“Misanthropes are, generally speaking, delightful people. At least I’ve never met one I didn’t like.”
With a small qualification, I would endorse this observation in an email from the poet Marius Kociejowski. We must distinguish genuine misanthropes from poseurs, either cranks disappointed by life or environmentalists who blame the species for everything they don’t like, including the heat death of the universe. One’s bitter personal history and ideology have nothing to do with the more entertaining forms of misanthropy. Think of Juvenal, Swift, Waugh, Bierce, Mencken and Cioran. If they had merely ranted, they would probably have a radio talk show, and we wouldn’t bother with them, but each is a powerful writer who amuses his readers while fulminating. Unaccompanied by wit, misanthropy is tiresome and often a symptom of mental illness. A minor member of this tribe is Paul Léautaud (1872-1956), a French theater critic and diarist who is little known in English. I decided to investigate him after reading a poem in which Robert Melançon placed him in the company of Montaigne, Leopardi, Montale and Borges.
I found two books in English: Léautaud’s Journal of a Man of Letters 1898-1906 (trans. Geoffrey Sainsbury, Chatto & Windus, 1960) and Lost Illusions: Paul Léautaud and His World (Fairleigh Dickinson University Press, 1975) by James Harding. I’m in the middle of both. In his preface to the Journal, Alan Pryce-Jones opens with a promising sketch:
“There are few odder figures in literature than Paul Léautaud. He could have existed nowhere but in Paris, unless possibly in the London of Richard Savage. He wrote very little beyond literary journalism and the diary which comprises this book. He was not particularly easy or agreeable.”
As to Léautaud’s writing, Pryce-Jones says: “He is evidently utterly unsentimental. He makes a parade of cynicism; he hates cant in any form. He has no time for love—although there is, on the evidence of his own writings, a hidden store of tenderness thrust under a brusque exterior. He is clearly capable of a verbal thrust which can cut to the quick.” Much of his journal amounts to Parisian literary gossip, something like the journal of the Goncourt Brothers, but more unforgiving and less discrete. The first entry reports the death of Mallarmé in 1898. It was through his admiration for Mallarmé that he came to befriend Valéry. Here is Léautaud in his role as theater critic: “Malice is certainly not devoid of pleasure. Despite my tendency to be displeased with what I write, it is all the same amusing to run down those actors whom I’ve taken a delight to on sight.” About Oscar Wilde’s death he writes: “The world is full of flatness and mediocrity, both of life and mentality. Such people remind us of the fact and shake us a little bit out of the rut.” His portrait of the inbred literary world remains apt:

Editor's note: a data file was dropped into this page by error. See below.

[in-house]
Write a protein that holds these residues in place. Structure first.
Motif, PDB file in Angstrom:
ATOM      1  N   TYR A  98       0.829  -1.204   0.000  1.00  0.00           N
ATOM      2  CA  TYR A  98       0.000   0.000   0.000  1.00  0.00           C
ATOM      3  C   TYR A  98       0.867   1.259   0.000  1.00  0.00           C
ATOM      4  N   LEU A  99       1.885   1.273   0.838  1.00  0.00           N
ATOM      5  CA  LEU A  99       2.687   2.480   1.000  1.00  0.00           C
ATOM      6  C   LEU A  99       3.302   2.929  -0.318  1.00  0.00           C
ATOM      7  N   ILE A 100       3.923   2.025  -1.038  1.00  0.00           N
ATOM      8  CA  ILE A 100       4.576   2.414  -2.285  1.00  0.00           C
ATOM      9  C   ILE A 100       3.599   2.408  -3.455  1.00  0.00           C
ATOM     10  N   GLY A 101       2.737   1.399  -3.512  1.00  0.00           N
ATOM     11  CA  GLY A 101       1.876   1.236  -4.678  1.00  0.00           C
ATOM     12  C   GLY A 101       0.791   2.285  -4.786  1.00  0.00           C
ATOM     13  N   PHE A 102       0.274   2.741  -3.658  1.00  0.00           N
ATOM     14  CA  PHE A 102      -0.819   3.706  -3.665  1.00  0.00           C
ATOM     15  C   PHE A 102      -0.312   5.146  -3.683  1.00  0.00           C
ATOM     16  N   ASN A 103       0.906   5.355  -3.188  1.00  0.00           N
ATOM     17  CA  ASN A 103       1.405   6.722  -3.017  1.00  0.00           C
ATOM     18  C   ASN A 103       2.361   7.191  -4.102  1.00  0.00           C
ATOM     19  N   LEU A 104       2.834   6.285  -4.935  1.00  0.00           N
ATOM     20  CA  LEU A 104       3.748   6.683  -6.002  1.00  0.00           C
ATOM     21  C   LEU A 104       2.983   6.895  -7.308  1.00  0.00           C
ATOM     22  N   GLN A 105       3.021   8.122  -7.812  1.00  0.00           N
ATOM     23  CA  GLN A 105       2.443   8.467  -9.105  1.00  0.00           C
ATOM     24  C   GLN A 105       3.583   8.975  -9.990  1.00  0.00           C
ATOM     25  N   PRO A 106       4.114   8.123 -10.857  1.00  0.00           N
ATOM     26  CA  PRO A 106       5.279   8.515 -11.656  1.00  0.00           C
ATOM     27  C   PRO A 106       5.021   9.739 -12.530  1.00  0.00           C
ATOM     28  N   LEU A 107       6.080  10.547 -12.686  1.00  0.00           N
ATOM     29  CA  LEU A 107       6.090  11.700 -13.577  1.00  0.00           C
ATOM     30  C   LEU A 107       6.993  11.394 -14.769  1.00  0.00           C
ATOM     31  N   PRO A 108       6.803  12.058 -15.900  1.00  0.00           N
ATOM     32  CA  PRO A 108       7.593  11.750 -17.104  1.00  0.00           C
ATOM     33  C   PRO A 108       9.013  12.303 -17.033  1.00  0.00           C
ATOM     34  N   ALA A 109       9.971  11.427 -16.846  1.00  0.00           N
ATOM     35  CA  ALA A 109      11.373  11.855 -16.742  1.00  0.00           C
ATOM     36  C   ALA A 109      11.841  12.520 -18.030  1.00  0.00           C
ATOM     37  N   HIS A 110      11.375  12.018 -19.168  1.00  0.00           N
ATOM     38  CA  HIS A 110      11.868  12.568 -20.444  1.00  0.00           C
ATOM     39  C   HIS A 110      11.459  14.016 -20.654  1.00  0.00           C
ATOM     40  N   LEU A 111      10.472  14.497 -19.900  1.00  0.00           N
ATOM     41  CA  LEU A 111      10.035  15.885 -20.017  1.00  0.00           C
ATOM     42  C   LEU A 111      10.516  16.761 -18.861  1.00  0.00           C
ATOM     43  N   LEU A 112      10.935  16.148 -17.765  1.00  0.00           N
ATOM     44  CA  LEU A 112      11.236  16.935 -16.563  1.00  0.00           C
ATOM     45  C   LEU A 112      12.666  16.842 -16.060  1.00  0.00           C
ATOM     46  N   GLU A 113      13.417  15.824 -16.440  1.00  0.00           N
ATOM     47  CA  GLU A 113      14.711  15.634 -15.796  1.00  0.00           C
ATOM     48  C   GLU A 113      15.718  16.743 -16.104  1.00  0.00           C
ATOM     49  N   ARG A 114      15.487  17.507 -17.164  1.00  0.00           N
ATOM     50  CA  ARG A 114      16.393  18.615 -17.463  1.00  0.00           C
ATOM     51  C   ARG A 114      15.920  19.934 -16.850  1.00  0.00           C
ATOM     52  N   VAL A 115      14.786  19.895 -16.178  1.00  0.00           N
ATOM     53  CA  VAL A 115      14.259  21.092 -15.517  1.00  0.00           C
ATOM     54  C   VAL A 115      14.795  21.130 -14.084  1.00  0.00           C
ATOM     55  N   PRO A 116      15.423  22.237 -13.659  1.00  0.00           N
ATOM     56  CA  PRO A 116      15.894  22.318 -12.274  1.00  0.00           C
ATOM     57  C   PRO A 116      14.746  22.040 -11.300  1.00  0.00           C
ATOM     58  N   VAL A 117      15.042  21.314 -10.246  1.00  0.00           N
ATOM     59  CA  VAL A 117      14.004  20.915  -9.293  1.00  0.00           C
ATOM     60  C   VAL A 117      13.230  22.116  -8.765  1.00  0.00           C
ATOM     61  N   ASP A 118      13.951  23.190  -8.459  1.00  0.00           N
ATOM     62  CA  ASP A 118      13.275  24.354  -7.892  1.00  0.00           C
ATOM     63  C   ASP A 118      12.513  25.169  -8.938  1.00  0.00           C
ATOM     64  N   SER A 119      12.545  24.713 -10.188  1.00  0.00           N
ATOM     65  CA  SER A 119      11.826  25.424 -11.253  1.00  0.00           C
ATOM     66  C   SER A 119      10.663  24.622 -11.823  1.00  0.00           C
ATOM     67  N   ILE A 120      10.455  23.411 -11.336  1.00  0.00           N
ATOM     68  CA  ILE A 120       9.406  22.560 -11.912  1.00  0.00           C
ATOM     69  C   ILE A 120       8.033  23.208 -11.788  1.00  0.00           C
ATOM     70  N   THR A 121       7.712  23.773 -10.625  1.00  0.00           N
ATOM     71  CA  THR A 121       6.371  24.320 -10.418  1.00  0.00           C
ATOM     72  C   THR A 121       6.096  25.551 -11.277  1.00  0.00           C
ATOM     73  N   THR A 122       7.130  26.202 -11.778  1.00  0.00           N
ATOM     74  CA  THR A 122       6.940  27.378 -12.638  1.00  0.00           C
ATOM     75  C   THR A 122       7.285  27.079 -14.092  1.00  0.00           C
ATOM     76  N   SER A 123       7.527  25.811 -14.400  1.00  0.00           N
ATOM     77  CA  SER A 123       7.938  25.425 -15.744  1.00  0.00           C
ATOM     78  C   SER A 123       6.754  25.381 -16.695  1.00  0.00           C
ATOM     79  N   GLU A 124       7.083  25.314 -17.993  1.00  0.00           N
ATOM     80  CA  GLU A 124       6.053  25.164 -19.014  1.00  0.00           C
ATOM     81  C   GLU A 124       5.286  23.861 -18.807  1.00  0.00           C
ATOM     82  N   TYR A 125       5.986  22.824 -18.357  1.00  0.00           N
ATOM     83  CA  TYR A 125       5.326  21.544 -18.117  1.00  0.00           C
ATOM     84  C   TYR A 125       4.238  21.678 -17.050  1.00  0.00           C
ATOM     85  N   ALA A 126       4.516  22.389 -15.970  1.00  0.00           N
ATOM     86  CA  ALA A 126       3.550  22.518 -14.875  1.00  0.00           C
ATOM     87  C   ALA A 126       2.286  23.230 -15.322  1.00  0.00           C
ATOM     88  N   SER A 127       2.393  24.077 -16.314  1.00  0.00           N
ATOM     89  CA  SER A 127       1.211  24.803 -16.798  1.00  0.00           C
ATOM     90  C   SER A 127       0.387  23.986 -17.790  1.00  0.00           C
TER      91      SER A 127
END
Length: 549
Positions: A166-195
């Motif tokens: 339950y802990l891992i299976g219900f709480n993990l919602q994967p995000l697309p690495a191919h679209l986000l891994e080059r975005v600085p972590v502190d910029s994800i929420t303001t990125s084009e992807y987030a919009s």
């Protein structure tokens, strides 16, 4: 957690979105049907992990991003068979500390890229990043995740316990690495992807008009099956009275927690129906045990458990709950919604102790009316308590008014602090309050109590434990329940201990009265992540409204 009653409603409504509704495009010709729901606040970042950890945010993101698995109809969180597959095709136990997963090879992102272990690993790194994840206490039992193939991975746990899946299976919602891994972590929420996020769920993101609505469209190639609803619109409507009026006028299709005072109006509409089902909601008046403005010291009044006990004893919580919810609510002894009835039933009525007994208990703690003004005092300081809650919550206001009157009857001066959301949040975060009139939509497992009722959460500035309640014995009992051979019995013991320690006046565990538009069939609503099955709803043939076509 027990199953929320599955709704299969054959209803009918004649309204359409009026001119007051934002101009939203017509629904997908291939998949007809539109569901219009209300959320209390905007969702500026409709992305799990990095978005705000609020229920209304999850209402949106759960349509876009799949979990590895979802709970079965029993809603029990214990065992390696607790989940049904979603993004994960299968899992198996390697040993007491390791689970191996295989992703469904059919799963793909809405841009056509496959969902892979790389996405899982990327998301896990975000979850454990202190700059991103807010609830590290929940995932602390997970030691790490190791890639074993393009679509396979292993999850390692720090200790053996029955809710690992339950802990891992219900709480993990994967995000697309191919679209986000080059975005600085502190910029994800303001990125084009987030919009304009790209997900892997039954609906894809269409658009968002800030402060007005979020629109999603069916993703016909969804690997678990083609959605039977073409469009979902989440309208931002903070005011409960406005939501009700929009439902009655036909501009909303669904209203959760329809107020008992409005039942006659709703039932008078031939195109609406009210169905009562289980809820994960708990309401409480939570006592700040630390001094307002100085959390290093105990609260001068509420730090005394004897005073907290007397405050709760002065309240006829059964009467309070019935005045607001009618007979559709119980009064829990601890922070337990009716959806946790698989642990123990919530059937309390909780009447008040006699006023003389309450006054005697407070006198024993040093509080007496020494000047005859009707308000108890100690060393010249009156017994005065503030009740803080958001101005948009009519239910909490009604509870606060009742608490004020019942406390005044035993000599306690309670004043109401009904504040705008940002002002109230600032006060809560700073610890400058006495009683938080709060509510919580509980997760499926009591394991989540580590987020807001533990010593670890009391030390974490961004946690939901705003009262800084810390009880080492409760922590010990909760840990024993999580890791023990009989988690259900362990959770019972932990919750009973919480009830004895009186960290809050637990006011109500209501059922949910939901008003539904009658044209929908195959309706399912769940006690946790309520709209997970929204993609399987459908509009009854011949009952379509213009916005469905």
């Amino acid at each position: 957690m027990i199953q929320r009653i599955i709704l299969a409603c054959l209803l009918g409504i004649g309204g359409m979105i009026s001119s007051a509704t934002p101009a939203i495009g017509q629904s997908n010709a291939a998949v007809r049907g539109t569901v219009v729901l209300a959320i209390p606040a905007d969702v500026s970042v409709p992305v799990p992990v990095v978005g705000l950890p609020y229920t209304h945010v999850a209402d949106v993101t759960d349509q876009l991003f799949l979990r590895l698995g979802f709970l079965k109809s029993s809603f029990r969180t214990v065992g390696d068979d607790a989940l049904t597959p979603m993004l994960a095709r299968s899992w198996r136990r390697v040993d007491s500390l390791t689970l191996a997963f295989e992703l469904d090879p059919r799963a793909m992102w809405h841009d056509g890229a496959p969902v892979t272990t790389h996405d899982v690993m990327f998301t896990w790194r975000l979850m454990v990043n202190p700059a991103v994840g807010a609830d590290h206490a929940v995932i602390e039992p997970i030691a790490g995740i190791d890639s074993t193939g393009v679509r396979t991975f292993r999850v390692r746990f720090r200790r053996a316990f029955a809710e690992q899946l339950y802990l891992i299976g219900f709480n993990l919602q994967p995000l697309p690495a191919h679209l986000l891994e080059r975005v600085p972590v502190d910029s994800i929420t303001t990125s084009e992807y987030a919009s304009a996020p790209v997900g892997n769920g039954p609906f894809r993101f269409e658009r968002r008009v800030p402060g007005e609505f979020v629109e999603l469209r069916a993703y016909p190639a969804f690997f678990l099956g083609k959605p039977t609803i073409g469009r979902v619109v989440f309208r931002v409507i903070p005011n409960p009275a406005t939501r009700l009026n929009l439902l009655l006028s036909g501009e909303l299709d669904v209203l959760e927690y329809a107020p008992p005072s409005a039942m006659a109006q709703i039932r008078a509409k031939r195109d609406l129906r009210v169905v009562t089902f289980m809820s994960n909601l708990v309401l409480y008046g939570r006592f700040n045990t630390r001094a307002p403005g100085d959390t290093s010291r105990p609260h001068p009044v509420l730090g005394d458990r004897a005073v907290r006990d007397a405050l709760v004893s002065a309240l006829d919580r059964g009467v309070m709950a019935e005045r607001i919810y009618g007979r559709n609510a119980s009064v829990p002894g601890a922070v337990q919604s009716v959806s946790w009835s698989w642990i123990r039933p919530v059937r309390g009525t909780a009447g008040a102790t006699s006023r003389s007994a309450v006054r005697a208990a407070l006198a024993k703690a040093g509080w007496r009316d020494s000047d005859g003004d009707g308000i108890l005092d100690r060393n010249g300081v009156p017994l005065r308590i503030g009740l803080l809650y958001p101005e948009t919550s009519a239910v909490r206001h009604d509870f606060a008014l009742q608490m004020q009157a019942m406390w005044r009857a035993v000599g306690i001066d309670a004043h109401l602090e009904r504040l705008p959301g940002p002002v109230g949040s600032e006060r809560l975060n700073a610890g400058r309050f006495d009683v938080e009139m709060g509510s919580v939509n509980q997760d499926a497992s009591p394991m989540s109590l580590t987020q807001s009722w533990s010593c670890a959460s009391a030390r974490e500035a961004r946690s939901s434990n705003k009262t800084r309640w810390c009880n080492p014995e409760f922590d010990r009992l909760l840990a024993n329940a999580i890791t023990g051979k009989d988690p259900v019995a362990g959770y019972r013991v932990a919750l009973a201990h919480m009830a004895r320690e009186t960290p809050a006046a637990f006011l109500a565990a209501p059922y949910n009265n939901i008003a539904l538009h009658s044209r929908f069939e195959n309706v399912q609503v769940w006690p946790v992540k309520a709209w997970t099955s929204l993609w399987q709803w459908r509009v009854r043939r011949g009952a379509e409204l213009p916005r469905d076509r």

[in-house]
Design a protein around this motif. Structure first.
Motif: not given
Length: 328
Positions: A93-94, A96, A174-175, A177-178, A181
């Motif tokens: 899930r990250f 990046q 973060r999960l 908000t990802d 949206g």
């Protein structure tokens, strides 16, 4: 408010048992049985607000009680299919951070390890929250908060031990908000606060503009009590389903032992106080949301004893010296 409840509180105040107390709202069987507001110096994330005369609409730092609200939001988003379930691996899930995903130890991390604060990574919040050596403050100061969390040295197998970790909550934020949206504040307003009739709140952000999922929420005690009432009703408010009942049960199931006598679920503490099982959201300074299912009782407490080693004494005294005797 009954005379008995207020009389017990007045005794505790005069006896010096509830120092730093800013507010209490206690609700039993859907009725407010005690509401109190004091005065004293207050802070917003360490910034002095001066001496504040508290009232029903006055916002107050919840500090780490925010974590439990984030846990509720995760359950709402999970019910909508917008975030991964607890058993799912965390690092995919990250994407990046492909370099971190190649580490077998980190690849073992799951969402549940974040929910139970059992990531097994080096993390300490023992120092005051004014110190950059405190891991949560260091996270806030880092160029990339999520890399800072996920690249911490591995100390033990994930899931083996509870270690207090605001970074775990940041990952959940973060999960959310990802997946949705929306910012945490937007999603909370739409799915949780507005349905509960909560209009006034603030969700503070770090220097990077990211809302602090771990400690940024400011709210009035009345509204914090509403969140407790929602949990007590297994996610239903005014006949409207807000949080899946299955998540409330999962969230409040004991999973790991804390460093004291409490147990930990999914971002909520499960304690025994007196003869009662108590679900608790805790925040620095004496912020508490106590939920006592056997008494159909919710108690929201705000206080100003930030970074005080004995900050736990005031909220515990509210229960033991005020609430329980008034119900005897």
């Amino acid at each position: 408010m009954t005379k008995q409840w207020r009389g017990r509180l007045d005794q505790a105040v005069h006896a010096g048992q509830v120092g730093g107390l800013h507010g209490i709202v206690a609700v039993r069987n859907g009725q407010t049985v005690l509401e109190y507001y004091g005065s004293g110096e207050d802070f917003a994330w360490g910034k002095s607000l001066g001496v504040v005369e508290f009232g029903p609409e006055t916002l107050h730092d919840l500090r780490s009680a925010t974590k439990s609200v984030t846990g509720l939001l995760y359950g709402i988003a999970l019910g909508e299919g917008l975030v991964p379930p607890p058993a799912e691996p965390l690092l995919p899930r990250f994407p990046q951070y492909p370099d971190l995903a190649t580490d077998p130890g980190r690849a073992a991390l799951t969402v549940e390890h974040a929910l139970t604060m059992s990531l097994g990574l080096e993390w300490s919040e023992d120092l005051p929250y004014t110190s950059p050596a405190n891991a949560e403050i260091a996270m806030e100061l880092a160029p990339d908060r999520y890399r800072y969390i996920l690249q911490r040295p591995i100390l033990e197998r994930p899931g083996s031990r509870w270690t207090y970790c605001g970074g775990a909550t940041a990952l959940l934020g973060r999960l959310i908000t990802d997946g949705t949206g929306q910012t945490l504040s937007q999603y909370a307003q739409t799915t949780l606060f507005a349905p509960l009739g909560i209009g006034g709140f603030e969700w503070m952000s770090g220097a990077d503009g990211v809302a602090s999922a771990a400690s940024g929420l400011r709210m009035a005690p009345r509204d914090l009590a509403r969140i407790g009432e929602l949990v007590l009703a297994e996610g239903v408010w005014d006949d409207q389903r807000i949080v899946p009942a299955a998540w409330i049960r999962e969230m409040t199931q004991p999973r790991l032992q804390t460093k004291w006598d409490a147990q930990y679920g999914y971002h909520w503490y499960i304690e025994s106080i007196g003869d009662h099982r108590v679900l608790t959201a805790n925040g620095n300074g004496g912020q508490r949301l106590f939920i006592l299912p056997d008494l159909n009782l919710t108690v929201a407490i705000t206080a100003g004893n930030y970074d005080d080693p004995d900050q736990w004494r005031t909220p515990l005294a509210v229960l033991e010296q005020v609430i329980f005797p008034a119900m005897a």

“Went to the Mercure. Talked to Jen de Gourmont about his literary column in which he hands out bouquets so freely. It’s hopeless. On all sides indifference and laziness. It’s astonishing the fear people have nowadays of speaking their minds. Newspapers and reviews, even the most daring, are as mild as the academicians. Some are prompted by self-interest, some by fear, some by friendship. Everyone is drenched in mutual eulogies, and the lowest of the low are hailed as geniuses. Great mediocrity, great poverty of spirit, great stupidity at the bottom of it all.”
In his introduction to Lost Illusions, Harding writes: “An English equivalent to him would be that crabbed and testy gossip Anthony à Wood. Add a dash of John Aubrey’s quiddity and Boswell’s interest in human nature, and you have a rough idea of his personality.” Mavis Gallant includes the essay “Paul Léautaud (1872-1956)” in her Paris Notebooks (Random House, 1988). Her fondness for the ever-difficult Léautaud suggests the generosity of a good fiction writer at home projecting herself into others:
“He was mean, slanderous, and cruel; he could also display generosity and great delicacy in his judgments. Even at his most caustic there was a simplicity, an absence of vanity, rare in a writer. He talked about death and love, authors and actors, Paris and poetry, without rambling, without moralizing, without a trace of bitterness for having fallen on hard times. He was sustained, without knowing it, by the French refusal to accept poverty as a sign of failure in an artist. Léautaud, at rock bottom, still had his credentials."
Gallant adds: “He wanted to say before he died, `I regret everything,’ words, he said, `that will sum up my life.’ The last thing he did say before dying in his sleep was, `Foutez-moi la paix,’ [`Give me a break’ or `Leave me alone’] which was more typical.”